Thomas Jefferson Papers

From Thomas Jefferson to Marie-Joseph-Paul-Yves-Roch-Gilbert du Motier, marquis de Lafayette, 14 February 1806

Washington Feb. 14. 06.

My dear friend

Your letters of 1805 which I have to acknolege are of Apr. 20. and June 4. the last delivered by M. De Lessert a week ago. in your preceding ones of 1804. the reason assigned for your not venturing across the ocean was certainly weighty, as a capture by the English would have been a very serious misfortune. your presence at New Orleans would give security to our government there. but in the present state of things it is not certain you could give us your service there, for it seems very uncertain which of the two powers of Spain or England, by commencing hostilities against us first, will force us into the scale of the other. if the former commences first, and it seems most imminent, you probably could take no part. as, before the reciept of your powers on the subject of your lands, I had ordered a survey of the vacant parcel adjoining to New Orleans, I have continued to press that part of the location, because it is under a peculiar difficulty. the law requires your locations to be in parcels of not less than 1000. acres each. the survey sent to me made but 6 or 700. as. I have requested Govr. Claiborne, either by including part of the lake or by some other device to have it made up 1000. as. in which case I can immediately sign a grant. it will be some time before I shall receive his answer. Mr. Madison has appointed M. Duplantier to make the other locations, for which no person is better qualified or better disposed. I inclose a letter for M. Tracy, making him my acknolegements for the very acceptable present he was so good as to make me of his two works. for details of our affairs it is safer to refer you to mr Skipwith the bearer of this. Present my friendly respects to Me. de la Fayett, M. & Me. de Tessy, and accept assurances of my constant & affectionate friendship & respect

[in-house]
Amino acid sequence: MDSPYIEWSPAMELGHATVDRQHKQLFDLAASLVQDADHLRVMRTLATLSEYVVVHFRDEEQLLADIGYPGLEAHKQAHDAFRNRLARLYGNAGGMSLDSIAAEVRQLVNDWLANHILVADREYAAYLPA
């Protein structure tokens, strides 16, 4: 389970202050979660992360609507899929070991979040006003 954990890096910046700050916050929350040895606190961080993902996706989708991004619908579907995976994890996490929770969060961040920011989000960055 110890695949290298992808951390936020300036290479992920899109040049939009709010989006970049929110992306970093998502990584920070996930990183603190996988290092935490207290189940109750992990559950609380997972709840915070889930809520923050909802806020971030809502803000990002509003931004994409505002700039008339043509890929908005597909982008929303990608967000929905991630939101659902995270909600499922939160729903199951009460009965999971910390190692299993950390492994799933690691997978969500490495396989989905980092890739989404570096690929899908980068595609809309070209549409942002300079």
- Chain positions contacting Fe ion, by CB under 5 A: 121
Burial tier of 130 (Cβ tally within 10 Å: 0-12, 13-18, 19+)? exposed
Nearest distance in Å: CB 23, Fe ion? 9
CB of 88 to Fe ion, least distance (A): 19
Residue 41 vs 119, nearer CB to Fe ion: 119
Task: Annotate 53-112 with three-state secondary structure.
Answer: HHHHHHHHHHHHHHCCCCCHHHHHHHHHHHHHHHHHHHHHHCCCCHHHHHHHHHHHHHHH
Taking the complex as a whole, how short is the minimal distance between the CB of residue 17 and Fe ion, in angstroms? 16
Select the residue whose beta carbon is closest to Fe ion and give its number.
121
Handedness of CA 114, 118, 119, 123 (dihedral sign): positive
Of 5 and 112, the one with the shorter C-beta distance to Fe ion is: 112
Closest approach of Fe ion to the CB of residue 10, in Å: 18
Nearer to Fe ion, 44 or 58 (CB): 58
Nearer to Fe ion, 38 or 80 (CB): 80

Th: Jefferson

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